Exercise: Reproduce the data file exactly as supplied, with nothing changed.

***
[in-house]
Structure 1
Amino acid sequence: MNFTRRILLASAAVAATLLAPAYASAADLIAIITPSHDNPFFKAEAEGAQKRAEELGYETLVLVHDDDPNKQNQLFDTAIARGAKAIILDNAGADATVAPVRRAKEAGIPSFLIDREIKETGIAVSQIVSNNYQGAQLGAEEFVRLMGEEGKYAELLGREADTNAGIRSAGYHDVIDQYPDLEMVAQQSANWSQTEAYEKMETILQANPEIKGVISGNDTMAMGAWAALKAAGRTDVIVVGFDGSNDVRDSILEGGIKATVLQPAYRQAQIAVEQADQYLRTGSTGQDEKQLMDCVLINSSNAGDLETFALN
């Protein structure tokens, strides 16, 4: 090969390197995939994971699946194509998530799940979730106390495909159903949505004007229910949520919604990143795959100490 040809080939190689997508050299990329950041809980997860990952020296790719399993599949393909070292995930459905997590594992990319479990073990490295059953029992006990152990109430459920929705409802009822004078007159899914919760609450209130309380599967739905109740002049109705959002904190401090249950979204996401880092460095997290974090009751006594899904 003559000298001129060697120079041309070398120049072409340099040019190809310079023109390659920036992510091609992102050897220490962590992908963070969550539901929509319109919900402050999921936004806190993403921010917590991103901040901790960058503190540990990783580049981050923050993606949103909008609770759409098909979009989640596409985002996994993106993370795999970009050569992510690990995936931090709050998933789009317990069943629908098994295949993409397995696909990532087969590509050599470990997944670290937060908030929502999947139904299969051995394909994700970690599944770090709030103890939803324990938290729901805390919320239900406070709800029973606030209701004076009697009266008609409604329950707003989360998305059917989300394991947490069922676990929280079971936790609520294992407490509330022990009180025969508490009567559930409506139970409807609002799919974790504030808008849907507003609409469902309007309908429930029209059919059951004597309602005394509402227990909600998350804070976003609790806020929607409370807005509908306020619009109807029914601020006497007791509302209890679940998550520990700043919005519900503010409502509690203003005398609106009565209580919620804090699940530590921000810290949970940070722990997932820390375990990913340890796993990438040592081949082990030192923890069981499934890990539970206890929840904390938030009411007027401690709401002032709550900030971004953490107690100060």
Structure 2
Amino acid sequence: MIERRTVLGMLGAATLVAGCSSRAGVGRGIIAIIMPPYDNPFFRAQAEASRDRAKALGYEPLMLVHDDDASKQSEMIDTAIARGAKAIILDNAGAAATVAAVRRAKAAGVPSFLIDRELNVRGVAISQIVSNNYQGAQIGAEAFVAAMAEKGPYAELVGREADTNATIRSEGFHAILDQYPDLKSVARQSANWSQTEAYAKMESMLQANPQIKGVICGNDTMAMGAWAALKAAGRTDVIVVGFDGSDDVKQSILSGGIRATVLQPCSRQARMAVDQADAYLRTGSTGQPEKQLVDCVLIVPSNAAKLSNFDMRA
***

[in-house]
Structure 1
Amino acid sequence: MNFTRRILLASAAVAATLLAPAYASAADLIAIITPSHDNPFFKAEAEGAQKRAEELGYETLVLVHDDDPNKQNQLFDTAIARGAKAIILDNAGADATVAPVRRAKEAGIPSFLIDREIKETGIAVSQIVSNNYQGAQLGAEEFVRLMGEEGKYAELLGREADTNAGIRSAGYHDVIDQYPDLEMVAQQSANWSQTEAYEKMETILQANPEIKGVISGNDTMAMGAWAALKAAGRTDVIVVGFDGSNDVRDSILEGGIKATVLQPAYRQAQIAVEQADQYLRTGSTGQDEKQLMDCVLINSSNAGDLETFALN
């Protein structure tokens, strides 16, 4: 090969390197995939994971699946194509998530799940979730106390495909159903949505004007229910949520919604990143795959100490 040809080939190689997508050299990329950041809980997860990952020296790719399993599949393909070292995930459905997590594992990319479990073990490295059953029992006990152990109430459920929705409802009822004078007159899914919760609450209130309380599967739905109740002049109705959002904190401090249950979204996401880092460095997290974090009751006594899904 003559000298001129060697120079041309070398120049072409340099040019190809310079023109390659920036992510091609992102050897220490962590992908963070969550539901929509319109919900402050999921936004806190993403921010917590991103901040901790960058503190540990990783580049981050923050993606949103909008609770759409098909979009989640596409985002996994993106993370795999970009050569992510690990995936931090709050998933789009317990069943629908098994295949993409397995696909990532087969590509050599470990997944670290937060908030929502999947139904299969051995394909994700970690599944770090709030103890939803324990938290729901805390919320239900406070709800029973606030209701004076009697009266008609409604329950707003989360998305059917989300394991947490069922676990929280079971936790609520294992407490509330022990009180025969508490009567559930409506139970409807609002799919974790504030808008849907507003609409469902309007309908429930029209059919059951004597309602005394509402227990909600998350804070976003609790806020929607409370807005509908306020619009109807029914601020006497007791509302209890679940998550520990700043919005519900503010409502509690203003005398609106009565209580919620804090699940530590921000810290949970940070722990997932820390375990990913340890796993990438040592081949082990030192923890069981499934890990539970206890929840904390938030009411007027401690709401002032709550900030971004953490107690100060």
Structure 2
Amino acid sequence: MIERRTVLGMLGAATLVAGCSSRAGVGRGIIAIIMPPYDNPFFRAQAEASRDRAKALGYEPLMLVHDDDASKQSEMIDTAIARGAKAIILDNAGAAATVAAVRRAKAAGVPSFLIDRELNVRGVAISQIVSNNYQGAQIGAEAFVAAMAEKGPYAELVGREADTNATIRSEGFHAILDQYPDLKSVARQSANWSQTEAYAKMESMLQANPQIKGVICGNDTMAMGAWAALKAAGRTDVIVVGFDGSDDVKQSILSGGIRATVLQPCSRQARMAVDQADAYLRTGSTGQPEKQLVDCVLIVPSNAAKLSNFDMRA